Lessons You Should Be Teaching in Your Classroom – NOW!

by | Oct 29, 2019 | Educational Resources, Teaching Strategies | 0 comments

Think about your lesson plans. Do you know what you are teaching tomorrow? How about next week? Next quarter?

If you are like me, your county provides very little planning time. Local teachers start a week before students, but the district schedules half (or more) of the week for required meetings and professional development. Teachers have very little time to prepare their rooms and plan their curriculum.

The county provides a pacing guide, but that isn’t the same as having the time to analyze and plan units by yourself or with teammates. Many times, teachers end up just trying to plan for a week or two and don’t consider any long-range needs.

If that sounds like your situation, my advice is to take time soon and dive deep into your standards. Creating a curriculum map of skills and units to teach each quarter can help teachers destress because they know what they need to do.

Identify The Big Ideas

Every grade or class has a few “most important” concepts or ideas that they need to cover. Teachers need to determine what these are for their classes. For example, in Florida, 3rd grade has a heavy focus on reading. 4th grade hits text-based writing for the first time, and 5th grade has a state science test. Those are big topics for each grade, but within that subject, some standards need more emphasis than others.

Teachers can’t only teach one key skill or concept, but identifying which skills your students need to learn by the end of the year can help you develop lessons toward that goal.

Break Down The Skill Into Smaller Chunks

After you identify the core skills your students need to develop, think about how you can teach them in a series of mini-lessons. Focused lessons make the skills more manageable for both you and your students. 

Trying to teach a broad concept at one time is frustrating for everyone. Most students will get confused and struggle with parts. Teachers will be overwhelmed with grading large projects or essays. Class time is so tight that it can be challenging to find time to teach a multi-step skill like essay writing or completing a science experiment. Chunking helps you avoid these frustrations.

For example, our county requires elementary students to complete science fair projects. Every year, parents, students, and teachers are frustrated by the process. To make it more manageable, teachers break the project into steps and assign due dates for each piece. It doesn’t completely alleviate the problems, but it helps – teachers can identify which students need more guidance before the projects are due.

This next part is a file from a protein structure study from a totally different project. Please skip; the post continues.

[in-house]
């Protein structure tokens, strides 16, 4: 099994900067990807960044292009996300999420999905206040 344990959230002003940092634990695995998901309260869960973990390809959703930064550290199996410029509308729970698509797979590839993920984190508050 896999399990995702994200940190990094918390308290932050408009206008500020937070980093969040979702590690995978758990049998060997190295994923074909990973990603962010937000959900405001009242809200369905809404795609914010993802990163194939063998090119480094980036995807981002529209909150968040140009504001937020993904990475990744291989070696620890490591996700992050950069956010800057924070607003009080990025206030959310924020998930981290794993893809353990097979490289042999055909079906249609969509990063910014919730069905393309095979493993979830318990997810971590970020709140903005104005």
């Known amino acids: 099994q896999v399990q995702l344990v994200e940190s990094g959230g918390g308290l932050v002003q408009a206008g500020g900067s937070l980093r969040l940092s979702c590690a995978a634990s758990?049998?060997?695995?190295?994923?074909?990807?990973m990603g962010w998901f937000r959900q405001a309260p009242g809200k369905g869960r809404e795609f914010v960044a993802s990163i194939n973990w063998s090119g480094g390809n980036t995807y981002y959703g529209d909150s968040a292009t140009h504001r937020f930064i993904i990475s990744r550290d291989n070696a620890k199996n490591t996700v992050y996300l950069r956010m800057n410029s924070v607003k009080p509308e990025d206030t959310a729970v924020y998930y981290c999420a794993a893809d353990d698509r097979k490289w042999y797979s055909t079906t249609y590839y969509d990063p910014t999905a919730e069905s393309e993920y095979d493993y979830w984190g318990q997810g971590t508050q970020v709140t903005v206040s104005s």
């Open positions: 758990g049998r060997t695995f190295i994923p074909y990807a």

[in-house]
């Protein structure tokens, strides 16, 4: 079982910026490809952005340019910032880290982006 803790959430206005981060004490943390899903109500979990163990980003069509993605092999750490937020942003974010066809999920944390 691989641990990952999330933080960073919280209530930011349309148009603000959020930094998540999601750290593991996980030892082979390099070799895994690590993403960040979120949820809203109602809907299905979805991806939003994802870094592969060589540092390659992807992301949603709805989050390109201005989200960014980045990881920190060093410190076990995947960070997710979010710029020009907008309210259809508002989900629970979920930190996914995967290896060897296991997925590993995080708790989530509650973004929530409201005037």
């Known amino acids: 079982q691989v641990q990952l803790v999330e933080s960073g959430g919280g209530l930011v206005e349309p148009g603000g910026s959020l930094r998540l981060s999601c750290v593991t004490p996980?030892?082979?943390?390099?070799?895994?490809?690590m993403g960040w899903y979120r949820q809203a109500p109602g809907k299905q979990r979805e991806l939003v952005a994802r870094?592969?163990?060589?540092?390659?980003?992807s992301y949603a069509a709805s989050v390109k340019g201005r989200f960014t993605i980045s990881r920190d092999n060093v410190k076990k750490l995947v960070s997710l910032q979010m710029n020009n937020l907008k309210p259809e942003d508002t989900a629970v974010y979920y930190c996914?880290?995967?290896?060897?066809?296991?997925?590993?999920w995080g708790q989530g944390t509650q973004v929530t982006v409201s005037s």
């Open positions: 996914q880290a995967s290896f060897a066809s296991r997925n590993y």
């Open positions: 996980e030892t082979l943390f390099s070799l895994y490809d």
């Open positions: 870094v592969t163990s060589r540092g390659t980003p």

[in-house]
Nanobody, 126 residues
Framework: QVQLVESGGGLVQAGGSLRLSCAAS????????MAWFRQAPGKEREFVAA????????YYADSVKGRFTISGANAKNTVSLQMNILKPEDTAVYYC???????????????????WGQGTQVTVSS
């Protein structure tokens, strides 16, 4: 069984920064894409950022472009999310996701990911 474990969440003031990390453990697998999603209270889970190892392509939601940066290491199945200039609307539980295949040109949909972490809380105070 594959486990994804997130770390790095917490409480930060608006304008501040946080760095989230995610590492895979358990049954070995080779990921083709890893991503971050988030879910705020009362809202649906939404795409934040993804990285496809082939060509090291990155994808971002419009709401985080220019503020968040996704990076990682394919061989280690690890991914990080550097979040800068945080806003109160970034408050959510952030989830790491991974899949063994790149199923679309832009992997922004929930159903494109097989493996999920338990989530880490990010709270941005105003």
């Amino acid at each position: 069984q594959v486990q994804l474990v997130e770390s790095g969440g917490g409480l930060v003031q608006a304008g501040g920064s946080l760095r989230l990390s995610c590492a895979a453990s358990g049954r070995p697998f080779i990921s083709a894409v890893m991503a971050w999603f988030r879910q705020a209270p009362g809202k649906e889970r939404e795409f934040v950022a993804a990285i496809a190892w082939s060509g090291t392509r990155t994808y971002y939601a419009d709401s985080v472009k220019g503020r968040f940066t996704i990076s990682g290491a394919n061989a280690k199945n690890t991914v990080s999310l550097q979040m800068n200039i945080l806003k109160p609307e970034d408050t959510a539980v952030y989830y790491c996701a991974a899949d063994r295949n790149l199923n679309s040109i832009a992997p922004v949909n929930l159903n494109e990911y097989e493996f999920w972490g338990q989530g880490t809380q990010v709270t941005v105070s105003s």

Teachers can use this model with any core skill. My friend had a lot of success teaching evidence-based essays step by step. She had a maximum of 2 minutes to teach writing each day, so she focused on just one step until her class mastered it. The first week, they focused on a thesis statement. The students only wrote their thesis, and that was all she had to grade. Students that needed to revise were given time to rewrite. Mini-lessons were held for students ready to move on. Next, they added an introductory paragraph. Again, that was all the students wrote, and that was all she gave feedback on. She told me, “Why should I have them write the entire essay if they can’t write a strong thesis? This way, they can master one piece before moving on.” 

By the end, her students did well on the writing test because they regularly reviewed a skill they already learned while just adding the next step.

Benefits Of Breaking Skills Into Chunks

Long-range planning and creating a curriculum map have many benefits for both teachers and students.

  1. Identifying the key skills allows teachers to use their time to focus more heavily on those concepts.
  2. Long-range planning prevents last-minute cramming before tests or the end of the year. Teachers and students can both feel prepared for any end-of-the-year tests.
  3. Students can master one small skill at a time, which avoids overwhelming students with learning multi-step skills all at once.
  4. Students constantly spiral and review previously mastered skills by adding another skill onto a process. 
  5. Teachers can catch student errors and misunderstandings quickly because they are only grading for a targeted skill. 
  6. Grading is more manageable because teachers are only focusing on one key skill rather than on entire projects or essays. Instead of grading multiple essays each quarter, they perhaps only need to grade one complete essay to determine students’ mastery of skills.

Have you identified your key concepts? How did you do it? Please share any tips you have for breaking down your standards and skills into manageable pieces.

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